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Phosphorus-efficient legume pasture systems - AWI Project #WP 564

Project start date: 07 March 2012
Project end date: 30 May 2017
Publication date: 16 January 2017
Project status: Completed
Livestock species: Sheep, Lamb, Grassfed cattle
Relevant regions: National
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​Phosphorus (P) fertiliser is a critical input for productive pasture systems in southern Australia but the cost of fertiliser has risen substantially.  There is a major opportunity to counter rising costs by improving the efficiency of P-use on farms.  

This project determined the critical soil test P requirements (i.e. soil test levels needed for near-maximum growth) of alternative pasture legumes to establish soil fertility benchmarks for pasture management.  Two species of serradella (Ornithopus sativa, O. compressus) were found to have very low critical P requirements relative to subterranean clover (Trifolium subterraneum) and it was estimated that their use in fertilised pastures could reduce P fertiliser costs by ~30% annually.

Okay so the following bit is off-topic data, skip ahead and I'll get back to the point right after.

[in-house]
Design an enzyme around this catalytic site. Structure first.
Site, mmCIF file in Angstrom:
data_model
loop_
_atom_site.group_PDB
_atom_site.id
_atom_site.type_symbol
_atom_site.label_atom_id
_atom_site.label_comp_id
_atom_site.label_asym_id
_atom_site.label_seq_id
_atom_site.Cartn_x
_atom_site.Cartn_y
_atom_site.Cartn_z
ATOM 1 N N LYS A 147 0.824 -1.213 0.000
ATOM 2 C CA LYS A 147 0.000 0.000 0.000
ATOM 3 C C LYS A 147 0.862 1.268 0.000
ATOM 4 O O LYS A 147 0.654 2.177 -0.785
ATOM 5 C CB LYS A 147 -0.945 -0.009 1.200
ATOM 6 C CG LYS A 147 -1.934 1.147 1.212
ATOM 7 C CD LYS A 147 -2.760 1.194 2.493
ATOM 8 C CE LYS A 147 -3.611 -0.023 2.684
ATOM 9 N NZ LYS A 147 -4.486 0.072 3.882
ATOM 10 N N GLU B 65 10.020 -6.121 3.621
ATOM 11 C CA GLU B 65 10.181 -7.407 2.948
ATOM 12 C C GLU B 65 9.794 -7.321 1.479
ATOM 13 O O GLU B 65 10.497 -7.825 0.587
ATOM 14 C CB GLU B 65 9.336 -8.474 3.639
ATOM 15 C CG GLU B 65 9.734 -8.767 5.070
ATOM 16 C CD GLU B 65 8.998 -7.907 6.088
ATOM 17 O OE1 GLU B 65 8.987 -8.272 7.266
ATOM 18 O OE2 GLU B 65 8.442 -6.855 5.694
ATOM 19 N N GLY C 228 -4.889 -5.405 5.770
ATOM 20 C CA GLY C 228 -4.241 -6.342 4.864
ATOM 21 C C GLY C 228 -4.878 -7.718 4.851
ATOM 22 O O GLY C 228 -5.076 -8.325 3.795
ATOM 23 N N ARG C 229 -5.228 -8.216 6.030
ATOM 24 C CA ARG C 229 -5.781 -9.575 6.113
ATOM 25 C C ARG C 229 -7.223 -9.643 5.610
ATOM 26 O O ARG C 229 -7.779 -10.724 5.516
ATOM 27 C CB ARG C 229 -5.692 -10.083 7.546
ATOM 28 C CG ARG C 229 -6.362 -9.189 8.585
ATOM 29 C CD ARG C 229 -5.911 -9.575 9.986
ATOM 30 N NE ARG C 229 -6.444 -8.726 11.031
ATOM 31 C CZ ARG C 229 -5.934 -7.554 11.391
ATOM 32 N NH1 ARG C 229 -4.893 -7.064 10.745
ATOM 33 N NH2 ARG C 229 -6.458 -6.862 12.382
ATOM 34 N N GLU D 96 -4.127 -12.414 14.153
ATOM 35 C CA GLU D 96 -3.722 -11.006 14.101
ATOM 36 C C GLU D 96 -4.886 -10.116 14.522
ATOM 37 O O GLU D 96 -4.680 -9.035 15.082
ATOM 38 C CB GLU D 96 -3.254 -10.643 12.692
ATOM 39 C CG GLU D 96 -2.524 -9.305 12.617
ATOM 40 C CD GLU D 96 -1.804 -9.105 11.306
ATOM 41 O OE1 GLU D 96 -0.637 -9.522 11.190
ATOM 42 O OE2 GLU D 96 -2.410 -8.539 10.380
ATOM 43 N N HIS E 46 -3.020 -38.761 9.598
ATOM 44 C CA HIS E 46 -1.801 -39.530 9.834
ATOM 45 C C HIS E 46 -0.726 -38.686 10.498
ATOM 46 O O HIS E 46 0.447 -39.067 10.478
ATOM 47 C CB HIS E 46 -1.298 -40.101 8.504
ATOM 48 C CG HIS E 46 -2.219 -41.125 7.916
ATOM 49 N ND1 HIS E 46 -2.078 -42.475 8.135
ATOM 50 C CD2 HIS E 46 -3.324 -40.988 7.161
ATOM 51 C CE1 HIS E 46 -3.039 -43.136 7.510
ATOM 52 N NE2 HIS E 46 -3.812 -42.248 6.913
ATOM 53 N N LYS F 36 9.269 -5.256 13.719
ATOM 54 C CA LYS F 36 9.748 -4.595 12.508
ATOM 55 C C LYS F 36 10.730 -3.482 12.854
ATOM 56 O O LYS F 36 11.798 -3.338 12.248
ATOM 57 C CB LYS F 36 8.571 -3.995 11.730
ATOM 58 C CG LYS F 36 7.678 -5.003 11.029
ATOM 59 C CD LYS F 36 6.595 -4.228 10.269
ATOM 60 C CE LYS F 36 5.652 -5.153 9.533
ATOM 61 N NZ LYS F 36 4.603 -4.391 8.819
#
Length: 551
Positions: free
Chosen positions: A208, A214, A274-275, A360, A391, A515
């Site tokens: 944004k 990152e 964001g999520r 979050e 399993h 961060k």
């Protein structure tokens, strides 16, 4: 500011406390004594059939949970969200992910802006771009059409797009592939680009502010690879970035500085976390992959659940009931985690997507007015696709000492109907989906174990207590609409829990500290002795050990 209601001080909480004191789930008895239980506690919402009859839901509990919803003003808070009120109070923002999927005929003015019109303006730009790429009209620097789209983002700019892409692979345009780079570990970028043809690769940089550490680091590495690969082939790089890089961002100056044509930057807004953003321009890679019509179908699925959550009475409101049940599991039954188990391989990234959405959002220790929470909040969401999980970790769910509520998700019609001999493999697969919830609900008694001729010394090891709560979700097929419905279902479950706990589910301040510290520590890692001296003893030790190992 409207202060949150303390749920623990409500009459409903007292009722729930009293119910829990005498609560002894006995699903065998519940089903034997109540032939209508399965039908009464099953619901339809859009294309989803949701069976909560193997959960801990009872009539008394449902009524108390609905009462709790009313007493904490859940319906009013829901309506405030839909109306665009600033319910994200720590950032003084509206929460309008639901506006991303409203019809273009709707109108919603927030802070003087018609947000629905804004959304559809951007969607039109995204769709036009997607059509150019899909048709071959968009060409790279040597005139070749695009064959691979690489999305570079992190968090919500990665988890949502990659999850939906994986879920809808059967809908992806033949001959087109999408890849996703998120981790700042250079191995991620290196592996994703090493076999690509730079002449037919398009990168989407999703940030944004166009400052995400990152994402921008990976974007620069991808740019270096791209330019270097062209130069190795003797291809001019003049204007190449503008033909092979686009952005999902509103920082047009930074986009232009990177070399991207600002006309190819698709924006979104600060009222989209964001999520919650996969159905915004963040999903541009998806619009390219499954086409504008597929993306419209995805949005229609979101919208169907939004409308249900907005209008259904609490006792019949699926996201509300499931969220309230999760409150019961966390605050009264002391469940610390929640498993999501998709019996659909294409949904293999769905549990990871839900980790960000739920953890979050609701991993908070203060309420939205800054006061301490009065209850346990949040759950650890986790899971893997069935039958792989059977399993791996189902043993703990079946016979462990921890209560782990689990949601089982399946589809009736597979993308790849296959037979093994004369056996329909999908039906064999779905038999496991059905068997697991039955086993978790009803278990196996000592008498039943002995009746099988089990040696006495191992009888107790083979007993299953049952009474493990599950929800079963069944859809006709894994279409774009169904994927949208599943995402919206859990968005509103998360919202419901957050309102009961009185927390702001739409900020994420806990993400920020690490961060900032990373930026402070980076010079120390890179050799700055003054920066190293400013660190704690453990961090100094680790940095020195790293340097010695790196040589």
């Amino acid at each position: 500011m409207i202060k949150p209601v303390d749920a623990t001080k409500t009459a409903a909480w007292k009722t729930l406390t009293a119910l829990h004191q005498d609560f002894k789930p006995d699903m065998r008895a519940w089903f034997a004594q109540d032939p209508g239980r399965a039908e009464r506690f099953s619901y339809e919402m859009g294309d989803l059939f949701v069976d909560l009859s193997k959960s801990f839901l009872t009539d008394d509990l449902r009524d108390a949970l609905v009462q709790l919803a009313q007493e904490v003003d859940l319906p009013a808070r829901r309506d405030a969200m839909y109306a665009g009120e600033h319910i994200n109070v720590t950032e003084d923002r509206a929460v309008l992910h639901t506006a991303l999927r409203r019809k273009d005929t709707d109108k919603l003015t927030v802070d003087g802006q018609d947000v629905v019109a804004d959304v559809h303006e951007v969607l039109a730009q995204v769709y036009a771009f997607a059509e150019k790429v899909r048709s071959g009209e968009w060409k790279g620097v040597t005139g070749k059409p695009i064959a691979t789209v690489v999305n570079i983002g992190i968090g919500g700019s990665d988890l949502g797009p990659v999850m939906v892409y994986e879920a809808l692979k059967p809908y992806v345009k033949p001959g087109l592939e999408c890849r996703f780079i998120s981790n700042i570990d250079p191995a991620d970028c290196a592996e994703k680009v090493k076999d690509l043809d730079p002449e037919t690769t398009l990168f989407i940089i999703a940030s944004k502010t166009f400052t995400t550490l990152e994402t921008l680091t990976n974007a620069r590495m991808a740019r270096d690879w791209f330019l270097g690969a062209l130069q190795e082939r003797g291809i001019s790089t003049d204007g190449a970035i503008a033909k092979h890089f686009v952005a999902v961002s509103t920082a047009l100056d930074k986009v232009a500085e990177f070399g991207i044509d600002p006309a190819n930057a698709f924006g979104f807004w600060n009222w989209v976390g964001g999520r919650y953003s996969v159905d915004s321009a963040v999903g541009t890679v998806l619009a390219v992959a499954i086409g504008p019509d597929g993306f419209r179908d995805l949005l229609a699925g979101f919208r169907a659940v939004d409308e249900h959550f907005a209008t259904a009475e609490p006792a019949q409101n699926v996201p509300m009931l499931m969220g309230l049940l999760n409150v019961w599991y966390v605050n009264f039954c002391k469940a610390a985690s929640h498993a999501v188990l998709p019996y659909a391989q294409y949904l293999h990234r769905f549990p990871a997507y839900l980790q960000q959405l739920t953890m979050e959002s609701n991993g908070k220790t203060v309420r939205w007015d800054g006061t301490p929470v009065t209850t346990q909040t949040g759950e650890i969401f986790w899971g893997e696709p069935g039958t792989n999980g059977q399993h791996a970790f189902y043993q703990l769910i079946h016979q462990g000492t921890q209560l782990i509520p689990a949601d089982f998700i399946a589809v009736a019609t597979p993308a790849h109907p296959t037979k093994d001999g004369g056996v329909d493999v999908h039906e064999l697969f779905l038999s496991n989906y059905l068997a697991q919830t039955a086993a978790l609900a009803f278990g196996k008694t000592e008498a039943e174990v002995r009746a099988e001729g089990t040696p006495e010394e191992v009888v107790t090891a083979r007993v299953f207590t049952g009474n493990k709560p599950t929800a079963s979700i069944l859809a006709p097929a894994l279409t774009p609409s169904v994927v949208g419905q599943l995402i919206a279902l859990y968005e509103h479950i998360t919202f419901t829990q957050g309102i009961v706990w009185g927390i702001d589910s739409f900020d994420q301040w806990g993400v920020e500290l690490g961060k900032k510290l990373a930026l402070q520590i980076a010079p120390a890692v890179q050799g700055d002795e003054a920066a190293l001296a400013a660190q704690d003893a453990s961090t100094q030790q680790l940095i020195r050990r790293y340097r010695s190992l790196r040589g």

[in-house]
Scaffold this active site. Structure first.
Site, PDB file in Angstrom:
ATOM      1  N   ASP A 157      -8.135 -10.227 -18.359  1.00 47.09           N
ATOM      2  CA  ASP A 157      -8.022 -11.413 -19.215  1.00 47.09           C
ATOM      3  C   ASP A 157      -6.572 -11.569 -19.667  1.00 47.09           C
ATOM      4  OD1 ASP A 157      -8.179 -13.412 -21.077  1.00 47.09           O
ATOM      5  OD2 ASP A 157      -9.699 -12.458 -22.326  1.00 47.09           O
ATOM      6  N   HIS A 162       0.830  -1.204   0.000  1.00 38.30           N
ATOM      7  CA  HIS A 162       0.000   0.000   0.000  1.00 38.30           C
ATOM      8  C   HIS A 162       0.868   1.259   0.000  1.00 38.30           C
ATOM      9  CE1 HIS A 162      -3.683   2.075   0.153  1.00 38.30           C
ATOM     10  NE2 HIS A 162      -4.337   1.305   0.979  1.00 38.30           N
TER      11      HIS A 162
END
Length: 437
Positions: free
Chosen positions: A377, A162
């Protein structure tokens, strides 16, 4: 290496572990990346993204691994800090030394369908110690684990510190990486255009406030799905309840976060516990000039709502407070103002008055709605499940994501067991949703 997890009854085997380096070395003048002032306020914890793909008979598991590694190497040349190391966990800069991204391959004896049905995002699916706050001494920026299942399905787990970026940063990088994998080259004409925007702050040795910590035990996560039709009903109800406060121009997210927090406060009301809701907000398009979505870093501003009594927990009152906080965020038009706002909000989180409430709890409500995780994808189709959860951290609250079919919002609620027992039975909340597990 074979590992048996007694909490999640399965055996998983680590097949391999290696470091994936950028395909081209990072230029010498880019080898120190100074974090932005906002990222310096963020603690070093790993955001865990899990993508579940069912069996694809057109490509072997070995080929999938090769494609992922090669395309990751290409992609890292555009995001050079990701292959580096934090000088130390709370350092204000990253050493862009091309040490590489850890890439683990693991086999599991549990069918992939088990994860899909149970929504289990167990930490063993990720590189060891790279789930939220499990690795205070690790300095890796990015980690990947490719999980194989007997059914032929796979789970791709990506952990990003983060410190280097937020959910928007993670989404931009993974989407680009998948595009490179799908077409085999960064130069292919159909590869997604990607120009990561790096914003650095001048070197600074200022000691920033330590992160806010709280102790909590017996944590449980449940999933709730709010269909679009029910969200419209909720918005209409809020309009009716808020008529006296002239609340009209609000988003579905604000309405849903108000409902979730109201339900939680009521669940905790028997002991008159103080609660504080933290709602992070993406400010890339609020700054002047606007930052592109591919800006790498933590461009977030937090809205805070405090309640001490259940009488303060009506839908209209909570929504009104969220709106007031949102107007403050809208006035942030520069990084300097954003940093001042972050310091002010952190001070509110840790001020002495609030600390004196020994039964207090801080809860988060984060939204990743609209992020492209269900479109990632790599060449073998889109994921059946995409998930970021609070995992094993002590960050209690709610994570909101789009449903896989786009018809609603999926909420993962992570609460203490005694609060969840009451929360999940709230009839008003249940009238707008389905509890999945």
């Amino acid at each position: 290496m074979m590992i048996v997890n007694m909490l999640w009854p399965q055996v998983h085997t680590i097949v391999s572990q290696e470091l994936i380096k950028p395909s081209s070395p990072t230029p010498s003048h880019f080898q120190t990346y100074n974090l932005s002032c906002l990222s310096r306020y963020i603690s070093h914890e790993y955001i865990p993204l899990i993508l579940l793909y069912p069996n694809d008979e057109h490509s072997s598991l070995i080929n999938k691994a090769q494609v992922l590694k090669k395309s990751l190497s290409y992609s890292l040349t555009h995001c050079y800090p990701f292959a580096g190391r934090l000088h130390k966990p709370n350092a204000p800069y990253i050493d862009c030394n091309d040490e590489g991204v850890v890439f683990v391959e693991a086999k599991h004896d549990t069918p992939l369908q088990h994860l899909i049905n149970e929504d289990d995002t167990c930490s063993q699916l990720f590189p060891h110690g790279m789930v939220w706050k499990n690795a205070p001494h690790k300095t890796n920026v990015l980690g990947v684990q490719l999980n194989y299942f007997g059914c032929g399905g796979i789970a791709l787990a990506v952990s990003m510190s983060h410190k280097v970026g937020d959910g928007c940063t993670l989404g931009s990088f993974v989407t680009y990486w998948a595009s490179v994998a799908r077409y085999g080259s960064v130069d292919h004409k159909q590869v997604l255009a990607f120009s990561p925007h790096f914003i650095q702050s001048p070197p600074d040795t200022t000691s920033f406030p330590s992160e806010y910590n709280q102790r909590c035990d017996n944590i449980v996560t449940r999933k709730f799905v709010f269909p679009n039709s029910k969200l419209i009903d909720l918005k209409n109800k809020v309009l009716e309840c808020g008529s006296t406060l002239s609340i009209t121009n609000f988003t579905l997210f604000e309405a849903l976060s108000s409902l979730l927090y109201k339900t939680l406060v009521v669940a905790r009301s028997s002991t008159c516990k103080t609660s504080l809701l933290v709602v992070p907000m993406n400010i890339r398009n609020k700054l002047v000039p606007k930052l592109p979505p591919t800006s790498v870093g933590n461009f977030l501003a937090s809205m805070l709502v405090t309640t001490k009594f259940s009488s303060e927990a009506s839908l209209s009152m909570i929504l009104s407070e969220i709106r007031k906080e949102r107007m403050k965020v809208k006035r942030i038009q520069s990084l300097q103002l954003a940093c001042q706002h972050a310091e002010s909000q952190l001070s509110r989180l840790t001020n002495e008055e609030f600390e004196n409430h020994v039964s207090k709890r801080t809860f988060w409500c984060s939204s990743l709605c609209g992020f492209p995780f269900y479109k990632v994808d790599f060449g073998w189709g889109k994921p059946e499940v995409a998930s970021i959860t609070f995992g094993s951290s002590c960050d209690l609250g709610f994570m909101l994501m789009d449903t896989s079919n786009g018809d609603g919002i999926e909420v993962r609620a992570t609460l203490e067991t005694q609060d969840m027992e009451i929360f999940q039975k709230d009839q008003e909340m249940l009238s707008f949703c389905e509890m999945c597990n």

When grown in moderately P-deficient soils the serradellas also achieved about twice the yield of subterranean clover.  Low-P pasture systems can be developed immediately in areas where serradellas are already grown.  Wider adoption hinges on understanding how widely serradellas can be grown in permanent pasture areas.  High P efficiency was associated with long, fine roots that have long root hairs.  This allows a plant to forage effectively for nutrients in soil. 

This knowledge is being used to identify more P-efficient lines of subterranean clover to improve yields in moderately fertilised paddocks and to push subterranean clover closer to the very high P efficiency of the serradella species.

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Primary researcher: CSIRO